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Measuring & Locating QuakesPowerPoint Presentation

Measuring & Locating Quakes

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Measuring & Locating Quakes

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Measuring & Locating Quakes

Measuring and Locating Earthquakes

- Compare and contrast earthquake magnitude and intensity and the scales used to measure each.

- Explain why data from at least three seismic stations are needed to locate an earthquake’s epicenter.
- Describe Earth’s seismic belts.

Vocabulary

- magnitude
- Richter scale
- movement magnitude scale
- modified Mercalli scale

Measuring and Locating Earthquakes

- More than one million earthquakes occur each year.

- More than 90 percent of earthquakes are not felt and cause little, if any, damage.

Measuring and Locating Earthquakes

- 1. Richter Scale measures the magnitude of an earthquake.
- Each successive number in the scale represents an increase in seismic-wave size, or amplitude, of a factor of 10.
- Each increase in magnitude corresponds to about a 32-fold increase in seismic energy.

Measuring and Locating Earthquakes

2. Moment Magnitude Scale

- The moment magnitude scale, takes into account the size of the fault, the amount of movement along the fault, and the rock type.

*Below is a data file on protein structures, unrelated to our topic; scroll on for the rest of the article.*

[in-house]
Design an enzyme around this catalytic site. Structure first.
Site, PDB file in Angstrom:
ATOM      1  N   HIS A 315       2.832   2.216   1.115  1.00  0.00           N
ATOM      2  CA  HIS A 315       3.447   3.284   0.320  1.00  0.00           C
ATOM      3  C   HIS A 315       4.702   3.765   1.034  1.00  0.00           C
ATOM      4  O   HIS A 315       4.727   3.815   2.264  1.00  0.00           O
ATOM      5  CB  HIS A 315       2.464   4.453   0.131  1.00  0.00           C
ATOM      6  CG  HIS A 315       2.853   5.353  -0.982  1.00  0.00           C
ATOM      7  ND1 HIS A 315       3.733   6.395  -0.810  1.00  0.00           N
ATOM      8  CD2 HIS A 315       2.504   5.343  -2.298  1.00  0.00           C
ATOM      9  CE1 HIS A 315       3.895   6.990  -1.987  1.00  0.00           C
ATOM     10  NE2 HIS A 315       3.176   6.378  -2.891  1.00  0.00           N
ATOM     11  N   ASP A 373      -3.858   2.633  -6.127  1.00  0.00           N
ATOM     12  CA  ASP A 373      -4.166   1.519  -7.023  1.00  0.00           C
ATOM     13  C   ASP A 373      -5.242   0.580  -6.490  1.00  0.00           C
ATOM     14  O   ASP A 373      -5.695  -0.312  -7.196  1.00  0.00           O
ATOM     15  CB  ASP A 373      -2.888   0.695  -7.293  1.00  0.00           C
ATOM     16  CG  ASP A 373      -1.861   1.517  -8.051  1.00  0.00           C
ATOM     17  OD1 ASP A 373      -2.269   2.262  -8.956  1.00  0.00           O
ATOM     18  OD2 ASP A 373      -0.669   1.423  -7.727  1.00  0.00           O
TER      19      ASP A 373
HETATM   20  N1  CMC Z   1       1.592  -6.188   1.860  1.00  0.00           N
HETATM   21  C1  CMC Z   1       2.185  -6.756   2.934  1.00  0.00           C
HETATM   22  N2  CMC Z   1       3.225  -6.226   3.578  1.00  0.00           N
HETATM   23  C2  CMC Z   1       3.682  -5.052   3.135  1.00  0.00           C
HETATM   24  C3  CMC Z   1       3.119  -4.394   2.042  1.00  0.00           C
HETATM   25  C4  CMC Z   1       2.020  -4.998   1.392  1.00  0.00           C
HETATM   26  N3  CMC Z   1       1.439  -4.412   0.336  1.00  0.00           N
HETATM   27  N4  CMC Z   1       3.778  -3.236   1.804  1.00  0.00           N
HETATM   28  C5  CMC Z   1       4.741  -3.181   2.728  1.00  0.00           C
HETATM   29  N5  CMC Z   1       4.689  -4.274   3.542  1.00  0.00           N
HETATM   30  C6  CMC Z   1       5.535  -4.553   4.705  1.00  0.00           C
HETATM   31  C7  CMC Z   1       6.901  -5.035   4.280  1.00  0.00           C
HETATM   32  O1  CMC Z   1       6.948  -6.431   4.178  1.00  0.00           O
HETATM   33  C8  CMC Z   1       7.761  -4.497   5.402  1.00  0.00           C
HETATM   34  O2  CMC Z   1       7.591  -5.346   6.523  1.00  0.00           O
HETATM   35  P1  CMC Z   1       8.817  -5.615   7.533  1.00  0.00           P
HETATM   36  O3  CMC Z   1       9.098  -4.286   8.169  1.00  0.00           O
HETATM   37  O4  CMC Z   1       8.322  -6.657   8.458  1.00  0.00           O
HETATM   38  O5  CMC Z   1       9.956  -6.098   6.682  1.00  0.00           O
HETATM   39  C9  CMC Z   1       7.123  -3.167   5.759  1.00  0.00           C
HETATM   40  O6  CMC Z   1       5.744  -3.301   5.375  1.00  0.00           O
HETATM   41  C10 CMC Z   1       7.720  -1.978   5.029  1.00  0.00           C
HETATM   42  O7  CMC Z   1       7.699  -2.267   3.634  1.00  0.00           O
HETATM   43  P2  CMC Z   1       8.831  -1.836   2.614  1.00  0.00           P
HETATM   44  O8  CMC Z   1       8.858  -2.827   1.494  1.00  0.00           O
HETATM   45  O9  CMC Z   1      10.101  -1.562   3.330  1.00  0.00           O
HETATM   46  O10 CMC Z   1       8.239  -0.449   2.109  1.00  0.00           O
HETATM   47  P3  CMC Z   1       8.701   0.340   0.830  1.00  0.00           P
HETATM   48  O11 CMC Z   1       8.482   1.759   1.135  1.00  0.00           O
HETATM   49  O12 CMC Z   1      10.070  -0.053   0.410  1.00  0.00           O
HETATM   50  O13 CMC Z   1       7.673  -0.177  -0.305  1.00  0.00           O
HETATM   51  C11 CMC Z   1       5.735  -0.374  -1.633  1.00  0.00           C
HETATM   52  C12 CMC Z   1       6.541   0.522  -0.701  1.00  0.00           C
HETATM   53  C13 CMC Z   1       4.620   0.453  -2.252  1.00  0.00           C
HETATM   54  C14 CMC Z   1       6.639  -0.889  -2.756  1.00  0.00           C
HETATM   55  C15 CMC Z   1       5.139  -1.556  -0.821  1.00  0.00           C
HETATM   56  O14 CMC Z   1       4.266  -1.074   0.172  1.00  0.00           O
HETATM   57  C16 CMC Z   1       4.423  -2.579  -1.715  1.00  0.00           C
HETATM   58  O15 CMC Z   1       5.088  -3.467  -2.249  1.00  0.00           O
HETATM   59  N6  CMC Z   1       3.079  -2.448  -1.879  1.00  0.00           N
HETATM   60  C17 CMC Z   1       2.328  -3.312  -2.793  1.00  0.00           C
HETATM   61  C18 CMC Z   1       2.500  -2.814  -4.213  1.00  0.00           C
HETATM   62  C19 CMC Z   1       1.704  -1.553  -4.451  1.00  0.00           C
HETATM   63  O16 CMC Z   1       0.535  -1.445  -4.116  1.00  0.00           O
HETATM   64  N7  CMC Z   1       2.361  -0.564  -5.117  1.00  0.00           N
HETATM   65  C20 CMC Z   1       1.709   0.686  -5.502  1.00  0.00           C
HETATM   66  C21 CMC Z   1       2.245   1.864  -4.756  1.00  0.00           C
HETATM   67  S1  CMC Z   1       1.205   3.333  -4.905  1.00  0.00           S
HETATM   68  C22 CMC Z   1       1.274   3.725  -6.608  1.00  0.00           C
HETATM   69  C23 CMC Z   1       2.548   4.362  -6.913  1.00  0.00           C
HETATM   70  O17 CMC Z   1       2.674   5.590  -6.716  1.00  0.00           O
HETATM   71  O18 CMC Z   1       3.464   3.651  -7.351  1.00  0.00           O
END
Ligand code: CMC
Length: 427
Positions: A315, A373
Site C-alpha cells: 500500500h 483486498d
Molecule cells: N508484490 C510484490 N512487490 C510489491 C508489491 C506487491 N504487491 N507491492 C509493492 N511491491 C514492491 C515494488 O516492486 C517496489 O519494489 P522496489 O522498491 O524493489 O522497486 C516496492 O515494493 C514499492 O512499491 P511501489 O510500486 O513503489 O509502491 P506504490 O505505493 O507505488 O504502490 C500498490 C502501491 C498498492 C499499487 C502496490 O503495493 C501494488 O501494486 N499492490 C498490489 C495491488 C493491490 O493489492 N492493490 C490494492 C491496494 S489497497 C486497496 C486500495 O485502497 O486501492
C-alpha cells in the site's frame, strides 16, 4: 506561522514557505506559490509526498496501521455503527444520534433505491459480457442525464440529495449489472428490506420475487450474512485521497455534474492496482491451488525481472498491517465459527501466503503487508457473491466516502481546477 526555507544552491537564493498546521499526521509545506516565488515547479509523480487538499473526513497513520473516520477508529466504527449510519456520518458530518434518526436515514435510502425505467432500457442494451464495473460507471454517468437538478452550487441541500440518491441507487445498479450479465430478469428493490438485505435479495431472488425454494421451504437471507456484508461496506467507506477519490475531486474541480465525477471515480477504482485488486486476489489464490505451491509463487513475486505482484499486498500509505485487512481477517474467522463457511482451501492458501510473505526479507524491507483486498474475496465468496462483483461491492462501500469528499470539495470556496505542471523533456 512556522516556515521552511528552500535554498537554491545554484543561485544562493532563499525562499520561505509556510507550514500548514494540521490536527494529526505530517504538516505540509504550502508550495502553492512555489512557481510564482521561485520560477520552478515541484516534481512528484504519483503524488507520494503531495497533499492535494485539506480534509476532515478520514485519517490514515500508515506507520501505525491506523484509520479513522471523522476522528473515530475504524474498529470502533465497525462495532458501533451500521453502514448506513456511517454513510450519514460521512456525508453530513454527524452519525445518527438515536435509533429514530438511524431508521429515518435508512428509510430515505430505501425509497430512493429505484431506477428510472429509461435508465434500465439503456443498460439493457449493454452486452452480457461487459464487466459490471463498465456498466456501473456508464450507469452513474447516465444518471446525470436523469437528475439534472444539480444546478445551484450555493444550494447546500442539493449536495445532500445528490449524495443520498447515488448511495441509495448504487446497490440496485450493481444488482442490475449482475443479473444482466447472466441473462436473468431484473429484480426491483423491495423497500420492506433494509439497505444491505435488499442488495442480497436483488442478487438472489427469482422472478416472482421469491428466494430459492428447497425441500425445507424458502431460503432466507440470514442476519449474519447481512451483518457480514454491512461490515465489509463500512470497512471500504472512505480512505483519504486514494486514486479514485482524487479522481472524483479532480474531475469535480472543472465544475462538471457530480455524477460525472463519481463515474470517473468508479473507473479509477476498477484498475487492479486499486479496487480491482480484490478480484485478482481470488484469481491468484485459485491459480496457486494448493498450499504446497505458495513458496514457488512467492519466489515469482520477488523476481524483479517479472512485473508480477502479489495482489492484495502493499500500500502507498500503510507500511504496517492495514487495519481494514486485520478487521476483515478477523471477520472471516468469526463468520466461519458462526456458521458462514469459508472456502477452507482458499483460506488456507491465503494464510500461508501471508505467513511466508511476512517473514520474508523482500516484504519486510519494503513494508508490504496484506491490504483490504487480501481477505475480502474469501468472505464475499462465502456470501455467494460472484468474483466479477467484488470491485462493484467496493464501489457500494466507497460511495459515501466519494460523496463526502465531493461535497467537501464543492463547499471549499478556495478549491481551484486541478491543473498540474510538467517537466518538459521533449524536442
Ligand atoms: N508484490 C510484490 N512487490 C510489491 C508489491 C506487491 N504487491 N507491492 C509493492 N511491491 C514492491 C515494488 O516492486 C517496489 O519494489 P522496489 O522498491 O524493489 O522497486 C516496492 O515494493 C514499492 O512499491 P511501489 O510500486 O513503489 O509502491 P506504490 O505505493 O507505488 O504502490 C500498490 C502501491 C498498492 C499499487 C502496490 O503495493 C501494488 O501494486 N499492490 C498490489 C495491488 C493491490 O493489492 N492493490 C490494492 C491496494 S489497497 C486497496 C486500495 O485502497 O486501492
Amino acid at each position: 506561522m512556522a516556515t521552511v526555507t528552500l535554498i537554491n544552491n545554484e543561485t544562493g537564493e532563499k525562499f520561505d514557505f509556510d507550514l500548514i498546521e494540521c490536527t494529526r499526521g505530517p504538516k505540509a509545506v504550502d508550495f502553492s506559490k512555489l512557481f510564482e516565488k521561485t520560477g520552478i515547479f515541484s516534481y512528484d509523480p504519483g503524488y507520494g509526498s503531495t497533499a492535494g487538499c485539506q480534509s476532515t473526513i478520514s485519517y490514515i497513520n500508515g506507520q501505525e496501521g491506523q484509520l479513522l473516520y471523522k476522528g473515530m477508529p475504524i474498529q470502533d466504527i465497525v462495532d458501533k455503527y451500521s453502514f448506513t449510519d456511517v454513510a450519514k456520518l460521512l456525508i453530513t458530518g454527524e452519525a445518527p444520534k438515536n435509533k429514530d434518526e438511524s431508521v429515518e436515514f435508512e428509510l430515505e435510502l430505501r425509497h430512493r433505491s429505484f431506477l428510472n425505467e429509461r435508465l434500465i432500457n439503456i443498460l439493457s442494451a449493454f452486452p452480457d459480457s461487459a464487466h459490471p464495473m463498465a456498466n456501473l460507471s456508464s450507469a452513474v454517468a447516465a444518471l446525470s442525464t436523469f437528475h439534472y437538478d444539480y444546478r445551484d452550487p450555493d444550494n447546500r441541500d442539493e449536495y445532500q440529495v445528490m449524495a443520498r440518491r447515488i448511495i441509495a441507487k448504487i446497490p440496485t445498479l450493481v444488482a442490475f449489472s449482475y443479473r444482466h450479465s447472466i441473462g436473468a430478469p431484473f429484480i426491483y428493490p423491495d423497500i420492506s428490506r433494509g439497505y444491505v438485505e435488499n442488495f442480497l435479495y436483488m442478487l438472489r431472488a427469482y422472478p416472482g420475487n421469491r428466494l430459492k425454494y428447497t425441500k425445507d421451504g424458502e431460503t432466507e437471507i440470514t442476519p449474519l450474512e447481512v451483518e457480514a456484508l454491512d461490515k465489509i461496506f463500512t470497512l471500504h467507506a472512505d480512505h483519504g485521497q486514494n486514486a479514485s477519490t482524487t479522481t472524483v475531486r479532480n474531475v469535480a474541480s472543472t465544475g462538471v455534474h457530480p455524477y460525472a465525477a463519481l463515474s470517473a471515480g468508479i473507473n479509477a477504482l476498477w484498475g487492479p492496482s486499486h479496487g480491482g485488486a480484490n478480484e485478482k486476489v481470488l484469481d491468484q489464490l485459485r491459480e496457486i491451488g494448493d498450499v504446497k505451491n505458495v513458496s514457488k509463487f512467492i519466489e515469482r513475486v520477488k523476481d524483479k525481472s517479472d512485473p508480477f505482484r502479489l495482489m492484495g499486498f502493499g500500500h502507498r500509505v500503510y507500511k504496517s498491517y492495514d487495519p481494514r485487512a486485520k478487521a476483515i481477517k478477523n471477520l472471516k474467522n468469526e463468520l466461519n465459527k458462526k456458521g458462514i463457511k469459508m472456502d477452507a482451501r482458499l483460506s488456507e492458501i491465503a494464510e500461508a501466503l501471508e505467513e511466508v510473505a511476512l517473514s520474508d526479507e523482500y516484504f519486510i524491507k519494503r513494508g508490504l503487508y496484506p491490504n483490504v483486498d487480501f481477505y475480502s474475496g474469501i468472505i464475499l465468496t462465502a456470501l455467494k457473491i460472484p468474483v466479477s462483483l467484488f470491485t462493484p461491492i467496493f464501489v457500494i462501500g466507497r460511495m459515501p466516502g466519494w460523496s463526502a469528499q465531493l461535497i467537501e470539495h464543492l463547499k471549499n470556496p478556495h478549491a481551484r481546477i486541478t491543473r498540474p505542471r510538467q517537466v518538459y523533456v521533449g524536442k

3. Modified Mercalli Scale

- measures in human terms. Uses Roman numerals I.-XII to indicate the size of a quake in terms of damage done. The same quake could register differently in different areas, depending on the quality of structures in the area.

Measuring and Locating Earthquakes

Measuring and Locating Earthquakes

Depth of Focus- deeper quakes usually have less of an impact on the Earth’s surface.

Measuring and Locating Earthquakes

- The majority of the world’s earthquakes occur on or near plate boundaries.

- Almost 80 percent of all earthquakes occur in the Circum-Pacific Belt.
- About 15 percent take place across southern Europe and Asia.
- Most of the remaining earthquakes occur in narrow bands that run along the crests of ocean ridges.
- A very small percentage of earthquakes happen far from tectonic plate boundaries and are distributed more or less at random.

Measuring and Locating Earthquakes